The ban, which affects the Sandtown landfill near Felton and the Jones Crossroads facility near Georgetown, follows a yard waste ban put into effect at the Cherry Island landfill in Wilmington in 2008, which applied to all of New Castle County.

Fees for dumping yard waste range from $1 a bag at DSWA’s Cheswold collection station to $7.50 for a private resident to dump a load at Sandtown,


As always with Delaware there is no talk of decreasing rates just charging more in the form of Fees. Like the Maryland political commercial says; Fees are taxes if it come out of my pocket. I think the only results from this is me dumping trash in a ditch on a county road.

Kyle Dixon Memorial Scholarship Fund

Kill A Weed Day

Join DNREC’s Cedar Swamp Wisteria Weed-out on Oct. 30

TOWNSEND (Oct. 14, 2010) – Spend an autumn morning at Cedar Swamp Wildlife Area near Townsend and help protect Delaware’s wildlife habitat. DNREC’s Division of Fish and Wildlife is seeking volunteers to join in the Wisteria Weed-out from 9 a.m. until noon Saturday, Oct. 30. Volunteers should meet at the Cedar Swamp Wildlife Area parking lot on Thoroughfare Neck Road.

The wisteria colony is located in an area currently managed by the Division of Fish and Wildlife as a wildlife refuge. Volunteers will remove Japanese wisteria vines from a section of the woods that is stifling native plant growth and weighing heavily upon upper canopy tree branches.

Japanese wisteria is an invasive vine that outcompetes native plants, girdles trees, and can blanket natural areas. Removing this invasive vine will allow native plants to grow and help re-establish native habitat for birds, small mammals and other wildlife.

Volunteers will use hand tools to remove the wisteria, including loppers, pruners and hand saws. Because of the tools being used, volunteers should be at least 15 years old, wear close-toed shoes and long pants for this project. Tools and gloves will be provided, but volunteers may also bring their own.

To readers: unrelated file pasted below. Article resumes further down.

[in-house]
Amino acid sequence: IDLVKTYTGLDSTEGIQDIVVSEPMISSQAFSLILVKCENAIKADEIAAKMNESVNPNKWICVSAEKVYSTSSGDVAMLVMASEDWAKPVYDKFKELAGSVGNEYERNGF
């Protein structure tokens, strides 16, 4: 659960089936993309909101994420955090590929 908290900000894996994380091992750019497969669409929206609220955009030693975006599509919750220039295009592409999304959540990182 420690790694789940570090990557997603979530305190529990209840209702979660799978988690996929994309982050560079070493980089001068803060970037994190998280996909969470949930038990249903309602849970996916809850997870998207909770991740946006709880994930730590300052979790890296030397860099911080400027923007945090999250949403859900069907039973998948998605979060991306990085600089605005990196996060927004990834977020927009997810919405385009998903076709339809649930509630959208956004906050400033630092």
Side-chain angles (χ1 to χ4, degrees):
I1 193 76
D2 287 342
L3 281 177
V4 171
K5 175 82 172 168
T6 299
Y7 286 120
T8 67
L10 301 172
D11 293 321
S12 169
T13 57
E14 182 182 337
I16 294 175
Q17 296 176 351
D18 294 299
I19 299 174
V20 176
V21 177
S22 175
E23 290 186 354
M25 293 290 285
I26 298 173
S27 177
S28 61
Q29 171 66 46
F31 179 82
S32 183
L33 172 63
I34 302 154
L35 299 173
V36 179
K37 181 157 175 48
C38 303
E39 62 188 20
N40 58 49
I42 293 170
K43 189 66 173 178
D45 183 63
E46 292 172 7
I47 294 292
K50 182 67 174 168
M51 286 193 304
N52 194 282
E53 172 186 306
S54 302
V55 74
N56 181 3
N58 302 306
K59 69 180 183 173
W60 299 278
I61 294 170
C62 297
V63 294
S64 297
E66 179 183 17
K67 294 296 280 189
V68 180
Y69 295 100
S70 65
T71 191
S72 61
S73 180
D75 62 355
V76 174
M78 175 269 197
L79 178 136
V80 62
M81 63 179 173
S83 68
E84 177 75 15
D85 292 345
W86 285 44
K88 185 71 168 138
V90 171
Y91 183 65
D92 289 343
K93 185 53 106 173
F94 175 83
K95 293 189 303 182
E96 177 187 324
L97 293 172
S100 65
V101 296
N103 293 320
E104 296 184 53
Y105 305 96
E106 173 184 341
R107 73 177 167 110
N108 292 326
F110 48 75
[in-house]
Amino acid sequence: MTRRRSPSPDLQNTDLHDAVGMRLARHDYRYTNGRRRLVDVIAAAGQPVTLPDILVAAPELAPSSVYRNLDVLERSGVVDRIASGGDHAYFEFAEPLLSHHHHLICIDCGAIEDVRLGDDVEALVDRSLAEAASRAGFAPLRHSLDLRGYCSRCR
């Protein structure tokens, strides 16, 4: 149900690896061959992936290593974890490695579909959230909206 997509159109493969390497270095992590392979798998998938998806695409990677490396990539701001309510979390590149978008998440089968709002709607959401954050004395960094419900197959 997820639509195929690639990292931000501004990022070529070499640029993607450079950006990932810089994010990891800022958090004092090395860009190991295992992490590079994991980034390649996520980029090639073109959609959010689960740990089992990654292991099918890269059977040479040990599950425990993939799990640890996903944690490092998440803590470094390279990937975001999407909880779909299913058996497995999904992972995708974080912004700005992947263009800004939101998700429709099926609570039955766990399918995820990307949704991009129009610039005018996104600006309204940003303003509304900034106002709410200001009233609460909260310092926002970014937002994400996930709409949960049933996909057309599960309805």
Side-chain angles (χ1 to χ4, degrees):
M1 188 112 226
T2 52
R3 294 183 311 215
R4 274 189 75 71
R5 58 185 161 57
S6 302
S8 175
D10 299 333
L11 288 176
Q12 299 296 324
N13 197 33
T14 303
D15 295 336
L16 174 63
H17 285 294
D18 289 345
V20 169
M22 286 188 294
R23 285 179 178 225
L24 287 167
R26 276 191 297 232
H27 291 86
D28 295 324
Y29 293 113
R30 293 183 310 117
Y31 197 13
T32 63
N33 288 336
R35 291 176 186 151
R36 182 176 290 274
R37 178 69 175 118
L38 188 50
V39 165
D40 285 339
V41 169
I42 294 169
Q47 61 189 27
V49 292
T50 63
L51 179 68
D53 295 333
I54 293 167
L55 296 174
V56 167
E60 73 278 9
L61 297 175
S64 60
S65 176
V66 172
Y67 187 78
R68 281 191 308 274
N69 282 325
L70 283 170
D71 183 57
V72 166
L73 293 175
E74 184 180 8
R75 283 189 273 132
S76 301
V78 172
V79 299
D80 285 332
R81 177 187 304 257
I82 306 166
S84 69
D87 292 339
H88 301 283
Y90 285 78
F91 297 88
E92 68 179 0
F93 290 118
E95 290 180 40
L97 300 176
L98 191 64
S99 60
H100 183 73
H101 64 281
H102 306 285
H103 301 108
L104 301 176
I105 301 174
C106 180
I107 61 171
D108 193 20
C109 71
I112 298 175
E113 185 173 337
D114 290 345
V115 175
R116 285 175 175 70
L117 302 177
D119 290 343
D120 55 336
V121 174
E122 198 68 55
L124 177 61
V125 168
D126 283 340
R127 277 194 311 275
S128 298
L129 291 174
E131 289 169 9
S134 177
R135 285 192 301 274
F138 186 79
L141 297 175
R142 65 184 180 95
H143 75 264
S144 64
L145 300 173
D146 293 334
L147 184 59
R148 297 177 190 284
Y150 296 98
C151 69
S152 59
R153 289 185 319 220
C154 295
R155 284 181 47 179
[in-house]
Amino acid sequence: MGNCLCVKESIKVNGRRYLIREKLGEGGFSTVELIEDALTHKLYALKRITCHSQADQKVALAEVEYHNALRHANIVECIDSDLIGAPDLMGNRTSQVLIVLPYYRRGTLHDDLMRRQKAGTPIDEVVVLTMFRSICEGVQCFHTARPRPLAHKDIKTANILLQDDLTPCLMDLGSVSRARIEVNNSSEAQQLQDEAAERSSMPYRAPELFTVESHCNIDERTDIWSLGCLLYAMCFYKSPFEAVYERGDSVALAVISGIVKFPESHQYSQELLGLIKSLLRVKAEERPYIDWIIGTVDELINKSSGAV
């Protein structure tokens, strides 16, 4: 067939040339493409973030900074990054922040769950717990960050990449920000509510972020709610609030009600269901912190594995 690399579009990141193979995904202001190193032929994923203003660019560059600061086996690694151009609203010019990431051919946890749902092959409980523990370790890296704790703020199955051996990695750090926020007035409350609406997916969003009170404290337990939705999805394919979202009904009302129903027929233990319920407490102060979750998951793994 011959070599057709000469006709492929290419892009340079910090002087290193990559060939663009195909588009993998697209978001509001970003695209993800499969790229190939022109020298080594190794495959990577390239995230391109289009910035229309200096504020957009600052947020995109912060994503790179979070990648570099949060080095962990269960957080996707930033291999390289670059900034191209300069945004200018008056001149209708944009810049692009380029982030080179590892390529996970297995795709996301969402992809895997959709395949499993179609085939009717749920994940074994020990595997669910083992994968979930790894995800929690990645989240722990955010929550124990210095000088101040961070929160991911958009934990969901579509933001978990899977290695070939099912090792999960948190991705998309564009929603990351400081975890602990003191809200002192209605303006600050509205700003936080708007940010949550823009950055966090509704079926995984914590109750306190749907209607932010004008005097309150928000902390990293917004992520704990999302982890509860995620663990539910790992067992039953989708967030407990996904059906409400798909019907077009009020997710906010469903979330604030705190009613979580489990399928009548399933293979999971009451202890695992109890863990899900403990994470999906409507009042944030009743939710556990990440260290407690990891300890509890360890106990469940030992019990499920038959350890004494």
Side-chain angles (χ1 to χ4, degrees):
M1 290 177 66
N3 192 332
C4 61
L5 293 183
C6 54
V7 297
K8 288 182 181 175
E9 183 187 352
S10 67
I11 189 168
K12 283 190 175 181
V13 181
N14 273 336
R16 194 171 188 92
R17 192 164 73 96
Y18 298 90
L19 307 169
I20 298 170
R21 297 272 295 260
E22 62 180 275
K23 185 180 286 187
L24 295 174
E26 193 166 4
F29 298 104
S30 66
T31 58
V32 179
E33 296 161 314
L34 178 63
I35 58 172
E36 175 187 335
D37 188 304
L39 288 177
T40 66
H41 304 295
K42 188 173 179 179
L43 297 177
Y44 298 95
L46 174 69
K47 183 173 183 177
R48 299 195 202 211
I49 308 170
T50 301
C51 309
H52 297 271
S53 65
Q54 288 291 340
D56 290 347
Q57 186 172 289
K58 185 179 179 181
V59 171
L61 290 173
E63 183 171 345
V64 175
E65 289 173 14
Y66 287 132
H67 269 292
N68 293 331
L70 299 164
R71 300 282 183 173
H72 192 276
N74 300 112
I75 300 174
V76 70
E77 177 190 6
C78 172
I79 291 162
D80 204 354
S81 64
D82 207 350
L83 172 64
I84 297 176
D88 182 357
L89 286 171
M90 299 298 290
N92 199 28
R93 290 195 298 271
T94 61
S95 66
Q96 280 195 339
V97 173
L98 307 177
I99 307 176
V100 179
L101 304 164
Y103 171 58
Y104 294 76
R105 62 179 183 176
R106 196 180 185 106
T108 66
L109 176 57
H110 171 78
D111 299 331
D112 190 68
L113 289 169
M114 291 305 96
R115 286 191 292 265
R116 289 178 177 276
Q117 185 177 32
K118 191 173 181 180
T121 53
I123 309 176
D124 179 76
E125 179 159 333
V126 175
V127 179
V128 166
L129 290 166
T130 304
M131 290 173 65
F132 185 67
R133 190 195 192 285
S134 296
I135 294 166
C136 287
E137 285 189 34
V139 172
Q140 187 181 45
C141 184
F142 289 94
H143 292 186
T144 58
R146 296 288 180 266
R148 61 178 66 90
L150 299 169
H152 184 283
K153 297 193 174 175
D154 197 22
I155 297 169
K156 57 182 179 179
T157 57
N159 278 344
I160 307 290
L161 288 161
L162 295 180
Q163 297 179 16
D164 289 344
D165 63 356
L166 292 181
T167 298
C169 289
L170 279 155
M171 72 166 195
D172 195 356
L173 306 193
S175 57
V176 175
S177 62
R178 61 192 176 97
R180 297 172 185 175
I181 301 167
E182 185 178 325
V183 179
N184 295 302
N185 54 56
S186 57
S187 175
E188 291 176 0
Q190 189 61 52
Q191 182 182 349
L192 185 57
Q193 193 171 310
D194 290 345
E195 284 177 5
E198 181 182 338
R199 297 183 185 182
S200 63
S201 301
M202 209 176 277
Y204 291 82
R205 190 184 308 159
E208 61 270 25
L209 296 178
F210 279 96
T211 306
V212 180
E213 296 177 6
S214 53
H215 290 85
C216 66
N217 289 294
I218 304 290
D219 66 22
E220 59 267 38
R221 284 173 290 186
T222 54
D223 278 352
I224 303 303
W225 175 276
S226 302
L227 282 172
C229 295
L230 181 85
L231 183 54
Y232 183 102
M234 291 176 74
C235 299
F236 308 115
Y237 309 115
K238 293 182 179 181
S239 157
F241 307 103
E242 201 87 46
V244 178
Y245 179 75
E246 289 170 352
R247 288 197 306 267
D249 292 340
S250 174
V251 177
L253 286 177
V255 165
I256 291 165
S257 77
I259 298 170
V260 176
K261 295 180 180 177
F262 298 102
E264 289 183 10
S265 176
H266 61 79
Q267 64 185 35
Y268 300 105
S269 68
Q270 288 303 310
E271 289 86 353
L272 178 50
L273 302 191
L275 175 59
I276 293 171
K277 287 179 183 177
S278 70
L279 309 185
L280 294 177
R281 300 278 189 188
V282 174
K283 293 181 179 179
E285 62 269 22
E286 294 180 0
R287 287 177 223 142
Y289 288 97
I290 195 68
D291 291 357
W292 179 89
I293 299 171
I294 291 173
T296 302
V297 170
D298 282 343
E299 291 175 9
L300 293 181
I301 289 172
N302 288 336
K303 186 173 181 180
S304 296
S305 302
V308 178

Pre-registration is encouraged by contacting Lynne Staub at lynne.staub@state.de.us or 302-735-3600.

To learn more about other volunteer opportunities, call 302-735-3600 or visit www.fw.delaware.gov/volunteers.\

Directions from the North:
Take DE Rt. 1 South
Merge onto U.S. Rt. 13 at Smyrna via exit 119A
Turn Left onto Paddock Road
Turn Left at Thoroughfare Neck Road
Cedar Swamp Wildlife Area parking lot is on the Right.

Directions from the South:
Take Rt. 13 North through Dover
Turn Right onto Dover Leipsic Road
Take Left to stay on Dover Leipsic Road (behind Dover Downs)
Take Left onto Bayside Road (Rt. 9)
Take Right onto Thoroughfare Neck Road
Cedar Swamp Wildlife Area parking lot is on the Right.

The Senate Debate

For those who may be interested, the Wilmington News Journal has a transcript of last night's debate between CHRIS COONS and CHRISTINE O'DONNELL. Since both use a varation of the name of Christ for their first name we know Delaware will be saved if we elected either one.

Wednesday, October 13, 2010

Sussex County Press Release

Sussex County employees to volunteer time for Habitat for Humanity

Georgetown, Del., Oct. 13, 2010: Nearly two dozen Sussex County government employees will trade in their computers and calculators for hammers and hardhats this weekend to benefit a local charity and needy family.



County employees on Saturday, Oct. 16, will volunteer their time to Sussex County Habitat for Humanity by helping build a house at the corner of Greene Avenue and West Sixth Street in Laurel. Volunteers will give six hours of their ‘sweat’ to hang walls and perform other jobs in the home that benefits a single mother and her four children, who hope to move in by Christmas.



Employees from the County’s Accounting, Administration, Engineering, Finance, Information Technology, Personnel, Recorder of Deeds, Sheriff’s and Treasury offices, along with County Councilman Michael Vincent, are scheduled to work on the home from 9 a.m. to 3 p.m.



The County organized the Build Day as an opportunity to gather employees who want to make a difference in the community, Sussex County Administrator David B. Baker said. “What better way to give back then by helping to build a home for a family to live in?” Mr. Baker said.



The Build Day is the latest partnership between Sussex County government and Habitat for Humanity, a non-profit organization whose mission is to build decent, affordable homes in partnership with low-income families. In March, the County donated to Habitat for Humanity the use of two vacant houses near Georgetown, which will be used as temporary housing for families waiting to move into their new homes and as quarters for AmeriCorps volunteers.

Today's Quote

“Government big enough to supply everything you need is big enough to take everything you have,”
Thomas Jefferson

Wake Up Little Susie